- Planning and organization: Keep a notebook or day planner handy that has a calendar and plenty of space for writing down your various activities and appointments. At the beginning of each week, create a list of things you’ll be doing in the days ahead. Then, each day, make a detailed to-do list. It’s also helpful to review everything at the end of each day, writing down your thoughts about the various experiences and conversations you had. Your planner or notebook is also a good place to keep important information like birthdays, phone numbers, and anything else you may need to know on an ongoing basis. If you’re comfortable with technology, a smartphone or digital tablet can serve as your planner.
- Talking out loud: Just like writing stuff down helps your brain put information into long-term memory, so does talking about it. So, for example, if you want to remember something you’re reading, try saying it aloud. If you want to avoid forgetting why you’ve entered a certain room, tell yourself where you’re going—and why—while on the way there. Or to remember more complex information, try explaining it to someone else.
- Varied repetition: When learning new information and trying to retain it for later use, it’s helpful to review it multiple times—over time—in different ways. For instance, one day, you might take notes about something. A couple days later, you might read your notes out loud. Then, a day or so after that, you might paraphrase what you’ve learned while talking to someone else.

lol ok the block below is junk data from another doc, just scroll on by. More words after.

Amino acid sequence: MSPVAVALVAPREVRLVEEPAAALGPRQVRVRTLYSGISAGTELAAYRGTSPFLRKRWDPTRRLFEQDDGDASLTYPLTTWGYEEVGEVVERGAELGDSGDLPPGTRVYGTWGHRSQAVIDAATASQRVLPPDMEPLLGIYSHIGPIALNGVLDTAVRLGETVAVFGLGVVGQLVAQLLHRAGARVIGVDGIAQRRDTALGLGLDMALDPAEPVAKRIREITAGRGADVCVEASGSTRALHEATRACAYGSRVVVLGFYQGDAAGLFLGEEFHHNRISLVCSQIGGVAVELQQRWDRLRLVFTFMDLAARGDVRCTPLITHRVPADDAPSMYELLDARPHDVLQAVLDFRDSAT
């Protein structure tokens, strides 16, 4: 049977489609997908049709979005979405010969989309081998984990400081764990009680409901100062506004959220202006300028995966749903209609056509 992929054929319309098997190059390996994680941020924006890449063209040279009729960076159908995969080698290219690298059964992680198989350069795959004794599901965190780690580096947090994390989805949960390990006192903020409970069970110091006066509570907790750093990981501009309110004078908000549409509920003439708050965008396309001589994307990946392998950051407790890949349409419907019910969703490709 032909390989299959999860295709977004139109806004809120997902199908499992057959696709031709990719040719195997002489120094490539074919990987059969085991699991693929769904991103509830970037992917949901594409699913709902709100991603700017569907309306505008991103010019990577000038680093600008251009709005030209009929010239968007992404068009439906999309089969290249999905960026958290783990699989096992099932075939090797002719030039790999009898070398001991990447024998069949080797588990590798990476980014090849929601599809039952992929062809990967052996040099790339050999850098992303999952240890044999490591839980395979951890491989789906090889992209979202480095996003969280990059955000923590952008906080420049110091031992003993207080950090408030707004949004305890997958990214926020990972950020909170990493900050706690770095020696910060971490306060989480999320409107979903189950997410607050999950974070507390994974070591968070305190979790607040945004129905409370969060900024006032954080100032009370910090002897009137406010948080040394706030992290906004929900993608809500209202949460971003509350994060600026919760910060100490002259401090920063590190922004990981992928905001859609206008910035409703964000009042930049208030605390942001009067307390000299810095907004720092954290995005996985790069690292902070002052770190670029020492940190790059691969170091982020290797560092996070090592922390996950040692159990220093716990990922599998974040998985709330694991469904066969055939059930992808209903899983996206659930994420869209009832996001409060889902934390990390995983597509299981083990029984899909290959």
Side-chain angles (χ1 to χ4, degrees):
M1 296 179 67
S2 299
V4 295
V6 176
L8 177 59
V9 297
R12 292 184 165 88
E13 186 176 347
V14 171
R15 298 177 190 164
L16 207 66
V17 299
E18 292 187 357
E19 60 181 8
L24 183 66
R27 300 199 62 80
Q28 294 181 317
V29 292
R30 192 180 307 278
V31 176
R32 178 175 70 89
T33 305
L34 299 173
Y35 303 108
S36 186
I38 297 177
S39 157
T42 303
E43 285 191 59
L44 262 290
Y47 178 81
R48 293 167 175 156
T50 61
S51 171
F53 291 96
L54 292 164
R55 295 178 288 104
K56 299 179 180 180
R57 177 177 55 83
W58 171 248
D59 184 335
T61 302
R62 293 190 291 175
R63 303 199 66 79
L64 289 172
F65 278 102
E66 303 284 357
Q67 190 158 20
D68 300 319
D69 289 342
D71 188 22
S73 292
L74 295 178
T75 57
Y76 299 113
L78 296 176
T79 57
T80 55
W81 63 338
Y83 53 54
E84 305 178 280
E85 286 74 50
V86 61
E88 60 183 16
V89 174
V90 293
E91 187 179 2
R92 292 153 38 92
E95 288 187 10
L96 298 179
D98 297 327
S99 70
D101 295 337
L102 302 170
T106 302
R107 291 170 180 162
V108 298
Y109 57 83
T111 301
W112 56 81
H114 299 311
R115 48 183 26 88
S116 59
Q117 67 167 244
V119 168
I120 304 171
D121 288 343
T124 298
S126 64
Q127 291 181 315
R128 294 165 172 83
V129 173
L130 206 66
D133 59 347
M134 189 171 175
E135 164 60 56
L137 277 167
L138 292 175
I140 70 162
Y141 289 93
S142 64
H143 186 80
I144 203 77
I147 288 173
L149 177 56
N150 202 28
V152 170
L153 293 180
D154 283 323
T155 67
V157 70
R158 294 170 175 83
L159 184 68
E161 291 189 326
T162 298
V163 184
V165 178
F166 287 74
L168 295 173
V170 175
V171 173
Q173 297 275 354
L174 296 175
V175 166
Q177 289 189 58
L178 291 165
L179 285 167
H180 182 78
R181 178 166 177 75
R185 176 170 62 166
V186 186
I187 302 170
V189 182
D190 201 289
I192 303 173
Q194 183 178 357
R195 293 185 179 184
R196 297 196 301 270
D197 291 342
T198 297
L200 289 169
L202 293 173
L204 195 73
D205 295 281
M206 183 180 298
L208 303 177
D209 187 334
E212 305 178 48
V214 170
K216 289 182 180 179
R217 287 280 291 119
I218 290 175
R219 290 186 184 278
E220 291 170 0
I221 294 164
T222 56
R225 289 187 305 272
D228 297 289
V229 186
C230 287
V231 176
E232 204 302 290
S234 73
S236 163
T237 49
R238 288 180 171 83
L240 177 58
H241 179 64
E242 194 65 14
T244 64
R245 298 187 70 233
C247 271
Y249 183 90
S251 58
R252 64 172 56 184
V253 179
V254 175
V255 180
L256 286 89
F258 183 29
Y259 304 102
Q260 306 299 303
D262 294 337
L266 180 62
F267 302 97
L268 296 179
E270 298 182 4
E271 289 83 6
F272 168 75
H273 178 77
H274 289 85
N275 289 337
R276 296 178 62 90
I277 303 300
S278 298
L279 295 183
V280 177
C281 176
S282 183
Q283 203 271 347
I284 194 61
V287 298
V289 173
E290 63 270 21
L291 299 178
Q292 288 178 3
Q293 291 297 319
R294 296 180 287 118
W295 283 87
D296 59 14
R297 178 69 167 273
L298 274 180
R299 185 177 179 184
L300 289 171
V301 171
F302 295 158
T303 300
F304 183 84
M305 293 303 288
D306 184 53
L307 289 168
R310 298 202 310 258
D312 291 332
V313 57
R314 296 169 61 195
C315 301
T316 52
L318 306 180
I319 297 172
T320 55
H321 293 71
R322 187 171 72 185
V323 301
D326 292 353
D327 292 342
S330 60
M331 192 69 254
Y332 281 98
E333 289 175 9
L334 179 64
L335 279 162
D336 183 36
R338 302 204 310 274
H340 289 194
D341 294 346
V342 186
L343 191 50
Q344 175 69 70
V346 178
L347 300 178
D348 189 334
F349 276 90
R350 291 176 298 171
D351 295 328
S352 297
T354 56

- Cues and reminders: Give yourself visual or auditory prompts to help you remember the things you need to do. From post-it notes to alarms, it’s easy to set up simple reminders. Just make sure you place them in the areas where you’re most likely to see or hear them. Also, do your best to leave important objects in prominent locations that are related to the tasks you have to do.
- Doodling: Did you know that drawing “absentmindedly” may actually be good for your powers of attention and recall? According to an article in Applied Cognitive Psychology, whether you’re listening to someone talk or learning something new, making doodles may help your brain stay alert, connect various pieces of information, and retain that information for later use.
Consider a dietary change and monitor your sleep
A quality night’s sleep is essential in the consolidation of our memories. So try your hardest to focus on getting good quality sleep.When it comes to protecting your memory, many experts also recommend drinking plenty of water and minimizing your consumption of fried foods, red meat, refined sugars, and heavily processed foods as much as possible. Having no more than one glass of red wine per day may also help. Here are a few other specific examples of foods that may provide memory or cognitive benefits:
- Cherries, blackberries, and blueberries
- Kale, spinach, and other dark leafy greens
- Coffee (in moderation)
- Dark chocolate (with at least 60-percent cocoa)
- Almonds and walnuts
- Pumpkin seeds
Take Time to Do Absolutely Nothing
Do you ever just let your mind wander freely, without consciously trying to think about anything in particular? This kind of wakeful rest can have a positive effect on your memory, especially if it occurs after a period of learning. By taking at least 10 or 15 minutes to avoid any kind of activity or deliberate mental effort, your mind can more efficiently consolidate the information you learned and store it in your long-term memory. It’s similar to what happens when you sleep. The key is to get this mental recharge in a quiet place without distractions or interruptions.